Edward Artemiev is a composer whose name for many people is associated with electronic music. With unusual soundings, easily discernible in the present-day sound environment by their abundance of nuances and unaccountable acoustic comfort. With a peculiar world of imagery, sense of space so striking for the mind.
A wide variety of views on Artemiev's music is pronounced, dealing with its different aspects such as technical - "it's impossible to understand the way it's done", esthetical - "it's infinitely beautiful", and spiritual sides - "an encounter with the truth".
Artemiev accomplished his academic musical education at the Moscow Conservatoire in Yuri Shaporin's class of composition. His meeting with engineer Eugene Murzin - one of the first in the world to invent a synthesiser - sealed his fate: "Incredible prospects for creativity were opened up by electronic music. That was a real "terra incognita". omposers had never set foot on it in their practical activities". It happened in 1960. And in 1968 the Italian press reported after Moscow is the venue of one of the leading centres of electronic avant-garde" ("La Stampa", June 4th 1968).
Nowadays Artemiev is an acknowledged leader of Russian electronic music. Many of his experiments and discoveries have been realised in the sphere of electronic synthesis, where he is a researcher of authority and a highly poetical master.
The cultural trends of his time have been originally interpreted in the composer's creative evolution, with different facets of his individuality revealed in an alternation of stylistic orientations.
His compositions written in the 60s-the early 70s belong to the aesthetics of avant-garde. Thank to electronics, which enabled 'to enter a qualitatively different acoustical world, sound colour and timbre became the field where a search for new musical laws and relationship could be undertaken. "Sound is a palette with most subtle and lavish nuances of colours. Electronics lends some new qualities to it: peculiar acoustical sounding, unlimited duration, abundance of timbres". It is in electronics that Artemiev finds what most appeals to his gift. For him the synthesiser is a possibility to compose" sound, timbre, to sculpt it, to lend form, "colour", energy, duration. A most fascinating task for the musician with a creator's imagination, a colourist's talent and an inventor's intuition!
His findings in the sphere of colouring have expanded the limits of timbre perception. In the composition "Mosaic" (1967) "sonors" - timbres become independent means to express the motion of sounds in space. "Mosaic" won recognition at the festivals in Florence, Venice, Cologne, Bourges.
"The possibility of penetrating into the microcosm of timbre, of searching in the field of controlled-spaces creation" has been realised by Artemiev in his composition "Twelve Glimpses on the World of Sound" (1969). Here the unique technical conception - the creation of a series of acoustic "variations on one timbre" - symbolises the idea of the unity of micro- and macrocosm. Artemiev compares "the space of timbre" with perspective: "Such variations can be continued for as much time as one would like, for the given amount of overtones (as the one present in the timbre of temirkomuz - M.K.) can be combined indefinitely". "Mosaic" and "Twelve Glimpses" were included into LP record "Musical Offerings" (1990) & also were published on CD "Electroshock Presents: Electroacoustic Music. Vol. IV. Archive Tapes. Synthesiser ANS 1964- 971"on "Electroshock Records" label in 1999.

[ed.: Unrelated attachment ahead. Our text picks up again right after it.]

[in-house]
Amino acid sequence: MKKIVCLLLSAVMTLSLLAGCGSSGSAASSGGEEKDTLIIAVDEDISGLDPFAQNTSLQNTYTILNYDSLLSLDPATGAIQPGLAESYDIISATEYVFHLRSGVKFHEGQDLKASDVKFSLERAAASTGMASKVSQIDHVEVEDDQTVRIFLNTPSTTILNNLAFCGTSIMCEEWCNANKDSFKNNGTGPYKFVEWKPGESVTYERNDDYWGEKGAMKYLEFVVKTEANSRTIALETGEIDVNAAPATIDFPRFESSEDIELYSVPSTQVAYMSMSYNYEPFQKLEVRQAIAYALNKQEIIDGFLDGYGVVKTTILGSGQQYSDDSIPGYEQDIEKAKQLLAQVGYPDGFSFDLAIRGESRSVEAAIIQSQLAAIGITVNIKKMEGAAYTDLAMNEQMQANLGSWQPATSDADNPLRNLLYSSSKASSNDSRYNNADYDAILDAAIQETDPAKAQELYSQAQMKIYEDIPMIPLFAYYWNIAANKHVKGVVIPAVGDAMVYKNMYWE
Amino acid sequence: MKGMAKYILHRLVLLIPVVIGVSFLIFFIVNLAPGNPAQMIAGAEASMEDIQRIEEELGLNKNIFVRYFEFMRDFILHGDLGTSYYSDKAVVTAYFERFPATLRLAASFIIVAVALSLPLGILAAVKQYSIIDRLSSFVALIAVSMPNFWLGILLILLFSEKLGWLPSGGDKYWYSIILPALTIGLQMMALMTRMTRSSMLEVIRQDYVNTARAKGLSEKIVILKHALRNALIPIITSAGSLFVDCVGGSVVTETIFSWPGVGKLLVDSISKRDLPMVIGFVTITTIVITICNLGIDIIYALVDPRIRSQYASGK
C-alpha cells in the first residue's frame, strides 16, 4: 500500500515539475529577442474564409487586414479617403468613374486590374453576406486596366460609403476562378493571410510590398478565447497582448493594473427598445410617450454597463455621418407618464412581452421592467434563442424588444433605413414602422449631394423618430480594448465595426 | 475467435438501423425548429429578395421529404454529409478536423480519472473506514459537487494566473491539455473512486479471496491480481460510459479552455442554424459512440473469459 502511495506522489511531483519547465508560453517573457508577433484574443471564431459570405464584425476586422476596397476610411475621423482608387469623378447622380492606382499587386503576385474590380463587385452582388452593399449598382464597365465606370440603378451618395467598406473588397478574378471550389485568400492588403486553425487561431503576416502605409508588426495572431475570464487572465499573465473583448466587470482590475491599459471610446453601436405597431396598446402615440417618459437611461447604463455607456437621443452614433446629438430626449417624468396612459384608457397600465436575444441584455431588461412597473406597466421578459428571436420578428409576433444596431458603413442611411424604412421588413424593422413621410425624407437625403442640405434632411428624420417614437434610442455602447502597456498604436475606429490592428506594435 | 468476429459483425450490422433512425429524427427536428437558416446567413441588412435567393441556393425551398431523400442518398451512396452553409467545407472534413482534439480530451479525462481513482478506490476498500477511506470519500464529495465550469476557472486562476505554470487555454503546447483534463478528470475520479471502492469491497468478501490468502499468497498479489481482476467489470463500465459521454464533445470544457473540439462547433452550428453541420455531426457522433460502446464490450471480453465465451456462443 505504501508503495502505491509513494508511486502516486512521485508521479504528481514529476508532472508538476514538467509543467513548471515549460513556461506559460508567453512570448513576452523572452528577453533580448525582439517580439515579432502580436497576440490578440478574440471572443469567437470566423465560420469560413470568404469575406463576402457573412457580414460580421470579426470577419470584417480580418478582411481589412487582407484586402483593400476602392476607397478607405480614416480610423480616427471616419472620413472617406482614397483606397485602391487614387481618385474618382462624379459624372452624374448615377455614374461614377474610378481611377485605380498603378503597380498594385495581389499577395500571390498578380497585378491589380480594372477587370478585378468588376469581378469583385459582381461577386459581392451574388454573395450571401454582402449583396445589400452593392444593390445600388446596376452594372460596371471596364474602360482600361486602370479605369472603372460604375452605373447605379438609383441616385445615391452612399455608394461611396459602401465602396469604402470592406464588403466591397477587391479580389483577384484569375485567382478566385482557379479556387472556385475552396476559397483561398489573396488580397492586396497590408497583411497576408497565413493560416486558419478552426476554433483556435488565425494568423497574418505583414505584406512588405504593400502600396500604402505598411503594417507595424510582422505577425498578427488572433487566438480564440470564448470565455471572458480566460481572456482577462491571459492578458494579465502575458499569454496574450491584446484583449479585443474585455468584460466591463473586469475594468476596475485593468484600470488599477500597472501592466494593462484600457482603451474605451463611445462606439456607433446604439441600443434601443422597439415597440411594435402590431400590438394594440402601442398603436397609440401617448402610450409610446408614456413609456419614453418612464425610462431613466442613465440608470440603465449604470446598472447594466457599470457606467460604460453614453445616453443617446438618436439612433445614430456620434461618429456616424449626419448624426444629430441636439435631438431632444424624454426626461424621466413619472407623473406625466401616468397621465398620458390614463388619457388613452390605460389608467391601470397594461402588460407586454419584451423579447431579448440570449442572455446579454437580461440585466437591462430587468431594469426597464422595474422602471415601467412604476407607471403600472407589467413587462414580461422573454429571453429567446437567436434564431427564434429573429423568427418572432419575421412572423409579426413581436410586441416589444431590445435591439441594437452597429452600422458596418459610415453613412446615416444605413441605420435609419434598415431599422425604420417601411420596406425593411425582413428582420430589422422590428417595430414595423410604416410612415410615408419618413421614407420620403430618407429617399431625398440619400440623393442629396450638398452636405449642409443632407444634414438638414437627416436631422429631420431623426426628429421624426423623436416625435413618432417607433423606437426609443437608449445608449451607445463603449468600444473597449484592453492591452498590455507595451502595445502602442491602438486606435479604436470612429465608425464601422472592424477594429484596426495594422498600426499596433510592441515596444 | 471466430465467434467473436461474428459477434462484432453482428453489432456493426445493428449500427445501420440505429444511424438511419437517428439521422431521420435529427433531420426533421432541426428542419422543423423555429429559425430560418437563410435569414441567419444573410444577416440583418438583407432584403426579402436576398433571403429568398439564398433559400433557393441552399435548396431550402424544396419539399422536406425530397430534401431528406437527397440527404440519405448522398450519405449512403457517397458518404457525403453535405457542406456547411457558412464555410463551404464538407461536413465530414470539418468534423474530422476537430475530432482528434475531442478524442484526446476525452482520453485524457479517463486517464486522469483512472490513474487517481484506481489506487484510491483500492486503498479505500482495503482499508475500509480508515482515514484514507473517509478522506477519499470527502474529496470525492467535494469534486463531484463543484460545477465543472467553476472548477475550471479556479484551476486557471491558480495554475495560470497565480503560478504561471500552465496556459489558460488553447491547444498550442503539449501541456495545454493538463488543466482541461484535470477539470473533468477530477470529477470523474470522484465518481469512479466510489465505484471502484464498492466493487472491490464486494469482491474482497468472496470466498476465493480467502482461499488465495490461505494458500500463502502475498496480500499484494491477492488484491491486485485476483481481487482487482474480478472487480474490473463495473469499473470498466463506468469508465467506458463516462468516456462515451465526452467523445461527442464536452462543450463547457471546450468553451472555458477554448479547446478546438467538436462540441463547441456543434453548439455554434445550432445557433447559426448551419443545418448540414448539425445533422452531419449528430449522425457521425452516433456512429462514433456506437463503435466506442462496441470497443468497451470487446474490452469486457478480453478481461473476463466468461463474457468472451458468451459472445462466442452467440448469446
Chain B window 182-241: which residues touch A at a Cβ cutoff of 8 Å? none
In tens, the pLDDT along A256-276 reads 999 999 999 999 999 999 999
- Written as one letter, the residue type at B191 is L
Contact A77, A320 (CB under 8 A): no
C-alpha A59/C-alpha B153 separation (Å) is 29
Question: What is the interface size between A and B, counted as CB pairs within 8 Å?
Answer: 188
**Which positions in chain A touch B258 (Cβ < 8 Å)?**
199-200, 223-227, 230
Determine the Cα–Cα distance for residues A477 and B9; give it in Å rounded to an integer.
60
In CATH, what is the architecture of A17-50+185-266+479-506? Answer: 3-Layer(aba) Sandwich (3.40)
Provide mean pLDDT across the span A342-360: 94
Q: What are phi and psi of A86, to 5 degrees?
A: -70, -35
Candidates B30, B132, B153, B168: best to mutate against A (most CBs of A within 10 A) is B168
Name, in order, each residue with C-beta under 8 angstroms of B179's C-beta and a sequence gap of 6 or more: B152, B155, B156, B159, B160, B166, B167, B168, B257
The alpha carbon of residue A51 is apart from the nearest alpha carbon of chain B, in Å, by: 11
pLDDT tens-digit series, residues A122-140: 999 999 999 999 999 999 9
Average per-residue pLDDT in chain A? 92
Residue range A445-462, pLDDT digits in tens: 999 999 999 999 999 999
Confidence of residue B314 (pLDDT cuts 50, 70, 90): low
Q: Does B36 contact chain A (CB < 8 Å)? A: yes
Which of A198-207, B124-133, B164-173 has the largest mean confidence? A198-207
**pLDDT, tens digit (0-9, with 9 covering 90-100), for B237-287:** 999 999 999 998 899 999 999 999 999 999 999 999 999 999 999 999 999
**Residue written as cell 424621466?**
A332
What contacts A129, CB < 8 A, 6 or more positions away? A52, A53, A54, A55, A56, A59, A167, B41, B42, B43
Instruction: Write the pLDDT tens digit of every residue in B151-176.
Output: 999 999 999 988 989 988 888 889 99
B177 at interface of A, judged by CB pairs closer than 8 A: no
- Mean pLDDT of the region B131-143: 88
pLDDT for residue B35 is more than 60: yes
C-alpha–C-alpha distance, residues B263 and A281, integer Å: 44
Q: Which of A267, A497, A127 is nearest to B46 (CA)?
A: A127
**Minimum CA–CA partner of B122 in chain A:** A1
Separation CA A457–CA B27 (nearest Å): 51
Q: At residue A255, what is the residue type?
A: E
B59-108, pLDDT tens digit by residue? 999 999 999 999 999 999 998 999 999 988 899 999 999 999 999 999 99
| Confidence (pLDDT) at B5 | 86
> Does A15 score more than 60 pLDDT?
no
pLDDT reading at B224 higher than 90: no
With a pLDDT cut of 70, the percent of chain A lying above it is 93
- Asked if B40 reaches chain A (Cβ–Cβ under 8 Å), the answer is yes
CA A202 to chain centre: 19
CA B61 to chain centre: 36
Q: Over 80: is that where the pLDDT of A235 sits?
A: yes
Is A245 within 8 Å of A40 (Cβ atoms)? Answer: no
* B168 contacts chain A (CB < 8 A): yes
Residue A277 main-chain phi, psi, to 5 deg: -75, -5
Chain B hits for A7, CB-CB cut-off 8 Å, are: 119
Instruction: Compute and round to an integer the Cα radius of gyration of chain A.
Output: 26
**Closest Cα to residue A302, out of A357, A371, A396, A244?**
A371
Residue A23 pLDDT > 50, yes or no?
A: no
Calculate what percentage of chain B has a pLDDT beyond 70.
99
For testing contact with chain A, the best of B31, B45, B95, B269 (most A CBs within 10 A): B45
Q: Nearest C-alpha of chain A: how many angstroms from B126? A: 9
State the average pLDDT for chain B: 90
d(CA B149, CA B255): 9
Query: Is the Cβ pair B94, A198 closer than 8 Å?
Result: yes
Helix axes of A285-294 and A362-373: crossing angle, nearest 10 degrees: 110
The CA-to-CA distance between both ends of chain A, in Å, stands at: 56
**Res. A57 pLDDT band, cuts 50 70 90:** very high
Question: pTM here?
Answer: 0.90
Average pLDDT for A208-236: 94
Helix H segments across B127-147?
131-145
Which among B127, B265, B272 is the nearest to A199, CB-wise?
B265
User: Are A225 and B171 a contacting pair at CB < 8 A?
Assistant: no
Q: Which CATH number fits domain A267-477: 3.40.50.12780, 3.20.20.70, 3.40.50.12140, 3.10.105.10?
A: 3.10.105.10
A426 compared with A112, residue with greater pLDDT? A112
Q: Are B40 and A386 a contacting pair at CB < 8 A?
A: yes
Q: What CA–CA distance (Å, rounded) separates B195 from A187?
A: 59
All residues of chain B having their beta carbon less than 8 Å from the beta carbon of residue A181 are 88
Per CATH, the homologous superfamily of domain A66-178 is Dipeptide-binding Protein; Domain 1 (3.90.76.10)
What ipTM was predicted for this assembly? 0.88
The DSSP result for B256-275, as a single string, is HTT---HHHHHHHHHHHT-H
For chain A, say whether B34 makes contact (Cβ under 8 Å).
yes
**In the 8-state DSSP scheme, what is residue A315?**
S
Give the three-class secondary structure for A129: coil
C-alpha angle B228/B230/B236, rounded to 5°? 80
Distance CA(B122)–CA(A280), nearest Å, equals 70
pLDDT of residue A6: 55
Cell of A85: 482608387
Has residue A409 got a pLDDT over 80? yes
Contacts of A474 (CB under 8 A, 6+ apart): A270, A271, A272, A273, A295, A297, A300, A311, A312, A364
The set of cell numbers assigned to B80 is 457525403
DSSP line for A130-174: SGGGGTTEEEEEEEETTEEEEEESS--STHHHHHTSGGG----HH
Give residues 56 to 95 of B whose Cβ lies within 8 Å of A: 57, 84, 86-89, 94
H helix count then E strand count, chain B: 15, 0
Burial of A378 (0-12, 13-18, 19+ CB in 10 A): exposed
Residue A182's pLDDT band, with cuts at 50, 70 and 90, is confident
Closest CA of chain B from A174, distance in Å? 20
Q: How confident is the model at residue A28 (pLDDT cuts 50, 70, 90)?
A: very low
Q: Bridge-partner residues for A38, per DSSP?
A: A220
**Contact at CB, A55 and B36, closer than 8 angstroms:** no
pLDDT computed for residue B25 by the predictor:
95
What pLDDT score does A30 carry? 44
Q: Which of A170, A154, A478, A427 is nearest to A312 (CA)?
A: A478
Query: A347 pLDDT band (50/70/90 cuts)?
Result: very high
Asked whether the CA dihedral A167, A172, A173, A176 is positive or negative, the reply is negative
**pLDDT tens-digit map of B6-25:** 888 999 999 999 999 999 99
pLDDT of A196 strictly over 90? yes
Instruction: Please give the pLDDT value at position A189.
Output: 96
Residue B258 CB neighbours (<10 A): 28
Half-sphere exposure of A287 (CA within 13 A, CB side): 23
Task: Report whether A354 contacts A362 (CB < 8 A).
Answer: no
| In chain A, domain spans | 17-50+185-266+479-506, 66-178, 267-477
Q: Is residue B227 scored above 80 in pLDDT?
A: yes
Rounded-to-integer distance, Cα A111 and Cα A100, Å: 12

Kindred to the aesthetics of avant-garde is his incidental music for films of Andrei Tarkovsky. The unordinary tasks set by the director required similar creative efforts on the part of the composer. Writing the music to "Solaris", "The Mirror", "Stalker" resulted in serious experiments in electronics and the specific sphere of audio-video contact.
From the mid-70s Artemiev's style underwent a change in the direction of "new simplicity". The dialogue between the academic tradition and rock-aesthetics tended to meet other, "more global tasks: to assimilate the styles, genres . Resonant with those tasks was also his desire to try his hand at an openly emotional, intuitive self-expression. "Polychromaticism of timbre" still preserved its significance for the composer, however, the traditional elements of writing were more actively introduced, accompanied with a new sense of melody, rhythm, harmony.
Those creative aspirations of his were embodied, though differently, in a number of compositions. Declaratively, in his cantata "Ode to Herald of Good" to the text of Pierre de Coubertin, written for the Olympic Games in Moscow decided to take the road not of a synthesis, but of a "symbiosis" of all expressive means at my disposal, and to write each movement of the cantata in a special technique and in different genres, with electronics' expressive possibilities as a unifving pivot"(the author's annotation to the phonograph record of "Ode" ("Ritual").
In a variety of proportions and combinations the synthesis of "musics" was realised in his quasi-symphonies "The Seven Gates into the World of Satori" and "Peregrini", in the poems to Lithuanian texts "White Dove", "Summer", "Vision", in the music for the films "Sibiriada", "Fox Hunting", "The End of Eternity", "Moon Rainbow", in the cantata "The Warmth of the Earth", in the opera "Crime and Punishment" based on F. Dostoyevsky's novel.
There is a new quality perceptible in the works written in the late 80s: a blending of the democratic aspirations inherited from the aesthetics of the 70s with the ideas of avant-garde, of the rational with the intuitive. Here first mention should be made of his nostalgic cycle based on the music of Tarkovsky's films "Solaris", "The Mirror", "Stalker" (1989).